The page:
Nuclear plant deal with UK announced

Updated: 2014-06-18 02:57

By Cecily Liu and Zhang Chunyan in London

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China's State Nuclear Power Technology Corp signed an agreement with Rolls-Royce on Tuesday to work closely in the field of civil nuclear power in the UK and other overseas markets.

The agreement builds on Chinese nuclear industry's increasing interest to participate in the UK's nuclear field, a trend supported by both governments.

"China represents one of the world's largest civil nuclear markets in which Rolls-Royce has been supplying safety-critical technology and solutions for 20 years," said Jason Smith, president of Rolls-Royce's nuclear division.

China and the UK want to strengthen the cooperation on civil nuclear power. The British government welcomes China's investment and participation in the Hinkley Point C project in southwest England.

Two Chinese nuclear companies, China General Nuclear Power Group and China National Nuclear Corp, reached an agreement last year with French utility company EDF to invest in the project.

It will be the first new nuclear plant in Europe since the Fukushima Daiichi disaster in Japan.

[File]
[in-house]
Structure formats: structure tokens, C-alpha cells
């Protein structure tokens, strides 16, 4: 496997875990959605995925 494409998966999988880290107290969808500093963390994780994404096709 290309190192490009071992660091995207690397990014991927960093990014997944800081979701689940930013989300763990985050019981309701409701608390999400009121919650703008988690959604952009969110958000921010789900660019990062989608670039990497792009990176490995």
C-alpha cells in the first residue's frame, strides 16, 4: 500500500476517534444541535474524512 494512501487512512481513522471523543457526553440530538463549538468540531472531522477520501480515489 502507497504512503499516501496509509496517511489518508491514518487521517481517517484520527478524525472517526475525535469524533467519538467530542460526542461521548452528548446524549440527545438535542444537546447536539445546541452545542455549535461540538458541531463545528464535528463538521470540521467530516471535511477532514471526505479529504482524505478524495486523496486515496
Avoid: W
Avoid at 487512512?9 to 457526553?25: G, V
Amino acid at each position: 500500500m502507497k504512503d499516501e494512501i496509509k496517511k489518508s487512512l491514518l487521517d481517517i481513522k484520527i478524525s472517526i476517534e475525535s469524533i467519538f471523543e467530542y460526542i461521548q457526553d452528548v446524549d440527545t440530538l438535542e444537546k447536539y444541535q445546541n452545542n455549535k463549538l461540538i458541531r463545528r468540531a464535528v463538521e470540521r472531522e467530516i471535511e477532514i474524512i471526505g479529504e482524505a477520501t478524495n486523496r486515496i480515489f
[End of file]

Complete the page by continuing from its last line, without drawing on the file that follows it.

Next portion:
Led by EDF, the project is expected to cost 14 billion pounds ($23.8 billion) and is expected to begin operations in 2023 and run for 35 years.

The two Chinese companies are expected to have a combined 30 to 40 percent stake in the consortium, EDF said. A spokesman for the CGN said talks were ongoing.

Nigel Cann, Hinkley Point C construction director with EDF Energy, said the Chinese partners can bring valuable experience — such as helping the project to stay on schedule and be within budget — from their construction of nuclear projects in China.

A number of engineers in Cann's team worked on Daya Bay and Taishan, two nuclear projects in China, will bring their knowledge to Hinkley Point C, he said.

Industry insiders have said one reason the UK has become an attractive destination for foreign investment is that it has not retreated from nuclear energy after the Fukushima crisis.

"In the UK, there is no opposition to nuclear power as long as safety standards are met," said Marco Baroni, a senior energy analyst in the Directorate of Global Energy Economics at the International Energy Agency.

After safety guarantees, the next big consideration for the UK's nuclear industry is cost. Boroni said the cost efficiency of Chinese companies gives them a big advantage.

Peter Haslam, head of policy at the UK's Nuclear Industry Association, said China has an impressive record in delivering nuclear programs and has ambitious programs for the future. "We hear about the new power stations the Chinese are building. The reports we're getting say they are successful."